Making Wine Without Chemicals

Making Wine Without Chemicals
My father, Amelio Micheli
My father, Amelio Micheli, filling the barrels with water to seal leaks.

I started making wine 22 years ago, in 1996.  As a young boy I remember seeing two large oak barrels in my cellar. My father used to make wine, but had stopped by the time I was old enough to start remembering things. But I remembered those barrels collecting dust in the basement and in 1996, when my father was having dinner at my house, I put the bug in his ear: I told him I was thinking about making wine.

His eyes lit up and he said he’d like to make it with me. “Could we do it at your house?” he asked.  “Sure,” I said and the next day he brought his friend Alfredo to my house to start building a room in my cellar to keep the heat of the furnace away from the wine.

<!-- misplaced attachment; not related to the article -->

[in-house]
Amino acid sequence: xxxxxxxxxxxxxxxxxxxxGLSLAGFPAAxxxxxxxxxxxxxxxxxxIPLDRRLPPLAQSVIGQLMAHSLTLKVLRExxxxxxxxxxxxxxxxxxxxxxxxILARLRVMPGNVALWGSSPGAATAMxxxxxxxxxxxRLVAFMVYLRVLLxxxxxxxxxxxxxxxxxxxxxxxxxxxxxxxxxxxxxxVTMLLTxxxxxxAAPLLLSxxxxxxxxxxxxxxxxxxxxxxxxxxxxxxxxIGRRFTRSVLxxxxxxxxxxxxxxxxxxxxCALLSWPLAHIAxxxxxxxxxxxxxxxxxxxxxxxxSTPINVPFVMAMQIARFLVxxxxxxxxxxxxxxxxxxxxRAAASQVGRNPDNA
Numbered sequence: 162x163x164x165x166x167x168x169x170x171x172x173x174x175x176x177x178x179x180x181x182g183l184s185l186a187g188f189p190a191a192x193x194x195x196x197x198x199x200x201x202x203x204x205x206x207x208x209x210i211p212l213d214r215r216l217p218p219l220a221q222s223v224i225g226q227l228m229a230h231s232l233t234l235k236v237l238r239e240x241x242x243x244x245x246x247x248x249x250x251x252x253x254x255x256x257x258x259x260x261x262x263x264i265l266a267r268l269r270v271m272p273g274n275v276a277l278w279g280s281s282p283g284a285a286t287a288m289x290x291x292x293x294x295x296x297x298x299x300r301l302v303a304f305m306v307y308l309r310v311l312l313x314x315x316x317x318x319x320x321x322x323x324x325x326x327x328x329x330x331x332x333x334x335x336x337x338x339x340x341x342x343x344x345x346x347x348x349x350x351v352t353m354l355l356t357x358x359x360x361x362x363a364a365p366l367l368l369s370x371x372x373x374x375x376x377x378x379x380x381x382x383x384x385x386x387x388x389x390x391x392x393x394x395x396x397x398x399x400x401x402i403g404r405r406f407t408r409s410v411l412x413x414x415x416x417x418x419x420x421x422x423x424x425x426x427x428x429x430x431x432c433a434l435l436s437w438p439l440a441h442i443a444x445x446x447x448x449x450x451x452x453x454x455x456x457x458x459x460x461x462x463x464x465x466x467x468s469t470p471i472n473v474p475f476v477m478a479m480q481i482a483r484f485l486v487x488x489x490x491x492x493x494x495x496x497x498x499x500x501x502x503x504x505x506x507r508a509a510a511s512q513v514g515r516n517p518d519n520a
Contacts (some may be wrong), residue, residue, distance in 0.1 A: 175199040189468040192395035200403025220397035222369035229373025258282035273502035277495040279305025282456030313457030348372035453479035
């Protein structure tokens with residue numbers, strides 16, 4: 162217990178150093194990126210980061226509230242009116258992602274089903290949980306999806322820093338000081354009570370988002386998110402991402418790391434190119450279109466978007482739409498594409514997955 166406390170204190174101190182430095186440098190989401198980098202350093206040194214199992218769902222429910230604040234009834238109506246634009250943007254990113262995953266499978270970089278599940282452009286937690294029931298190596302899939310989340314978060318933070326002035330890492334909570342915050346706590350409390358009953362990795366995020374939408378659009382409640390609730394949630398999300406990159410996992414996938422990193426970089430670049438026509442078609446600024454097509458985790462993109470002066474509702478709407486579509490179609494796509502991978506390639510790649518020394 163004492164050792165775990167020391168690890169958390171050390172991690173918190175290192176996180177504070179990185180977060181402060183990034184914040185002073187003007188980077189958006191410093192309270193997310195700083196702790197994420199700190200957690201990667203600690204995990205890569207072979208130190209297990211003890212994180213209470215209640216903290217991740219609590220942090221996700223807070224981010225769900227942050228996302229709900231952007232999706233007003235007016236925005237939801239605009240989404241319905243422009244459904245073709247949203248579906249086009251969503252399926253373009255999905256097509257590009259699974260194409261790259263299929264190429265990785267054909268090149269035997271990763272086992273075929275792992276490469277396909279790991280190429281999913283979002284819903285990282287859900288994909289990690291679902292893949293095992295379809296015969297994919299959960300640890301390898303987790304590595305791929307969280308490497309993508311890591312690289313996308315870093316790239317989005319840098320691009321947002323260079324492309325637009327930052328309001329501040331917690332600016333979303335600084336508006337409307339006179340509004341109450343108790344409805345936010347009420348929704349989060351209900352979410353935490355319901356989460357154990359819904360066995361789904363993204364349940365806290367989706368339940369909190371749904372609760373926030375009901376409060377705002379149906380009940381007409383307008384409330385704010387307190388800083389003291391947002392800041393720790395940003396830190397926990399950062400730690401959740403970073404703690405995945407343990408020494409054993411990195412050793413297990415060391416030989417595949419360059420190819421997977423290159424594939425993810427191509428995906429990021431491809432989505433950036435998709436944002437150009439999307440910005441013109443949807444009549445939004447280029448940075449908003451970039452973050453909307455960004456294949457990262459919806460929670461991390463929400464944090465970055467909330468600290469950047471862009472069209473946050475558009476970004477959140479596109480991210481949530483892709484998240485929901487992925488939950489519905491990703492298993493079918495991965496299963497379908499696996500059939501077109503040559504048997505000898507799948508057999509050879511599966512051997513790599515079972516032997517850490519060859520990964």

That first fall, he told me everything he could remember his father told him about making wine, including some of the superstitious things that I still follow today: change the wine from glass to glass on Saint Martin’s day and always decant during a waning moon.

One of the main reasons we decided to make wine was to make a pure wine, free of all chemicals, which means no sulfates or preservatives of any kind. We simply crush grapes and let nature do its work. My father, who was retired at the time, did most of the work, but I helped when I could on nights and weekends.

Mark bottling wineMy father passed away three years after that in 1999.  When all of the mourners had left the funeral home, I retrieved a brown paper bag from my car that contained one of that year’s vintages and gave it to the funeral director and asked him to place it in the coffin.

The next fall, I was determined to make the wine on my own, but I had reservations that I’d be able to remember everything and do it exactly right. Thankfully, the gods have been with me and subsequent batches have been celebrated and praised by friends and family.

A few years ago, I had the pleasure of teaching a good friend how to make wine. She was surprised that it was so simple asking, “You mean that’s it? You just crush the grapes and don’t add anything?”

“Yes,” I replied. “That’s one way I know there is a God.”

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